As another popular golf format, Bingo Bango Bongo rewards players on 3 premises of each hole, namely, the first player in each group to get onto the green receives 1 point, the player to hit the closest to the hole once everyone is on the green receives 1 point, and the last point is given to the first person who holes out. It can be played as a team or individually. All shots are taken depending on which player is furthest away from the hole. The one with the most points at the end of the game wins.
A Shamble golf round can be played with teams of 2 to 4 members. Each player tees off on every hole. The team selects their best drive, and each team member plays their second shot from there. Following the second shot, each player uses their own ball for the remainder of that hole. For example, players A and B are on a team, both A and B tee off, and A hit the better drive, so they take their second shot from A's spot. Both A and B hit from A's spot and play their own balls throughout the rest of that hole.
Also known as "Pinehurst", the Chapman format involves teams with 2 members. It merges the styles of multiple formats into one. Each person takes a tee shot, then the teammates switch balls and play each other's drives. Afterward, the team selects the best of their second shots and plays from that spot. The player whose shot was not selected must play the third shot, which means the teams may choose their best ball based on who will hit the next shot. The team alternates shots following the third shot until the ball is holed.
The Stableford format is a stroke game that can be played individually or as a team using a points system in which the main goal is to gain the highest score. It uses a points system established in the Rules of Golf, under rule 32, as follows:
- More than 1 over fixed score (or no score returned) – 0 points (Double Bogey or Worse)
- One over fixed score – 1 point (Bogey)
- Fixed score – 2 points (Par)
- One under fixed score – 3 points (Birdie)
- Two under fixed score – 4 points (Eagle)
- Three under fixed score – 5 points (Double Eagle)
- Four under fixed score – 6 points
If you are interested in playing golf in the Stableford format, you can find a detailed article here.
A flags game has a format in which each player starts the round with a designated number of strokes and plays until they run out. Each player in the game carries a flag with their name as they play and marks where their final shot landed with it. The person who makes it through the course the farthest using their designated strokes wins. It is worthy of note that the number of strokes a player starts with is established using the player's full or partial handicap. When using full handicap, there is a higher probability many players will make it through all the 18 holes with strokes still left. If this is the case, players with remaining strokes will return to the first tee and continue the game until they use up all their strokes.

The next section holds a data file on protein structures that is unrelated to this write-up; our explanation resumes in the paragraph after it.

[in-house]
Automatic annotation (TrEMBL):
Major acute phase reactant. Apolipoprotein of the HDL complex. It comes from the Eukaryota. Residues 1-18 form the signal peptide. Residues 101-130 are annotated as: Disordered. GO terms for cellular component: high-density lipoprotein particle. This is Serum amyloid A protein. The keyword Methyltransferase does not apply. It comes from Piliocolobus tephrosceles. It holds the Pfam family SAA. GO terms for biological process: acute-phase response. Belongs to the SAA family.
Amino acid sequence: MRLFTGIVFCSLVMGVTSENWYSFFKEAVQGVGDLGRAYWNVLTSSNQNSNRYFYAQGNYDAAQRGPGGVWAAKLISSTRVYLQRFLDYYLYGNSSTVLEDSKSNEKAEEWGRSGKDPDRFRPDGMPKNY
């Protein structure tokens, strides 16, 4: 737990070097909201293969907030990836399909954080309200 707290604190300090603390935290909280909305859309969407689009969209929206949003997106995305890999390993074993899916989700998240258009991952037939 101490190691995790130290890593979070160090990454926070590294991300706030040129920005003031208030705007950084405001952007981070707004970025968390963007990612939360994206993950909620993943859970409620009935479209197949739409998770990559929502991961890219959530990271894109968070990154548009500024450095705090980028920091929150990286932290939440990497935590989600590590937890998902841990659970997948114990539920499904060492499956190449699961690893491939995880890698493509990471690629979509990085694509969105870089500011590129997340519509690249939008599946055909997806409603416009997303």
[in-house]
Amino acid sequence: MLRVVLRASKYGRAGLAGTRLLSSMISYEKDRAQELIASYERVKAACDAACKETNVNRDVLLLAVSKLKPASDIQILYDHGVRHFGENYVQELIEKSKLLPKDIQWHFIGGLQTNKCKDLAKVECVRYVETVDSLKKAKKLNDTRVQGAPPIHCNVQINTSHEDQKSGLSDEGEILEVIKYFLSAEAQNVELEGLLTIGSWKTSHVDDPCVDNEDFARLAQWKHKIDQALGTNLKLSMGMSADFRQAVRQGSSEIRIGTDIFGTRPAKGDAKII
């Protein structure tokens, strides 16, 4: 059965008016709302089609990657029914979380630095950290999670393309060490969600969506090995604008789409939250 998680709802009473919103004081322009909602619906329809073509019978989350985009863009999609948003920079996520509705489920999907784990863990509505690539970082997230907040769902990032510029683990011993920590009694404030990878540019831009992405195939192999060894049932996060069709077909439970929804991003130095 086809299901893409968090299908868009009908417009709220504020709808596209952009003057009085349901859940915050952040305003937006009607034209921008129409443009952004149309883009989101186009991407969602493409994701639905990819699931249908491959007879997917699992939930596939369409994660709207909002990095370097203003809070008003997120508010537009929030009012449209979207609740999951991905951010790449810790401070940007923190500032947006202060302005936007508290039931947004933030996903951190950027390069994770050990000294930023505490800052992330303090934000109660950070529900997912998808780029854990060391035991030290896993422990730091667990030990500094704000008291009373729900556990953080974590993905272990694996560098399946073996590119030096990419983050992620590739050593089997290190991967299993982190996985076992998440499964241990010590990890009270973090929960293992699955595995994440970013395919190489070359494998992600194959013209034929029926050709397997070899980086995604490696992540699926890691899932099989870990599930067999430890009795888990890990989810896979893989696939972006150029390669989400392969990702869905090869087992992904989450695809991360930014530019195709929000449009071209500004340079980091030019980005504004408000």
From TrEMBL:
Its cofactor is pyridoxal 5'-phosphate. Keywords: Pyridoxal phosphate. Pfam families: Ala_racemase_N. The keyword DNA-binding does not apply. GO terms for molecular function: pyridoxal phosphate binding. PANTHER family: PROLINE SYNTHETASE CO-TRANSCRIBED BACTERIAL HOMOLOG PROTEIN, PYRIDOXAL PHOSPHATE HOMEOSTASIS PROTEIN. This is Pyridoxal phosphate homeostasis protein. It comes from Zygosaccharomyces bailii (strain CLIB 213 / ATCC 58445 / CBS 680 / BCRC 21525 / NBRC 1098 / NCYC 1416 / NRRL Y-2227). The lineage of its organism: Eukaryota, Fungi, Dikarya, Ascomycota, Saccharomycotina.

12. Skins Game
This format can be played individually or as teams. Each hole is worth a skin. The player with the lowest score on a hole wins the skin. If two or more players tie, no skin is awarded. Instead, the skin is brought over to the next hole. The player who has the most skins at the end is the winner. Additionally, you can award skins for achievements on each hole, such as:
- A "greenie" for landing a tee shot onto the green
- A "sandie" for a sand save
- A "woodie" for saving par after hitting a tree
- An "arnie" for making par without hitting the fairway
Having so many options regarding the golf game format can make playing very exciting, and by alternating formats now and then, you and your friends can make sure you will never get bored. What is even greater is that some of the formats presented in this article allow you to add your own rules and variations to the game, making playing more fun and maybe even more challenging.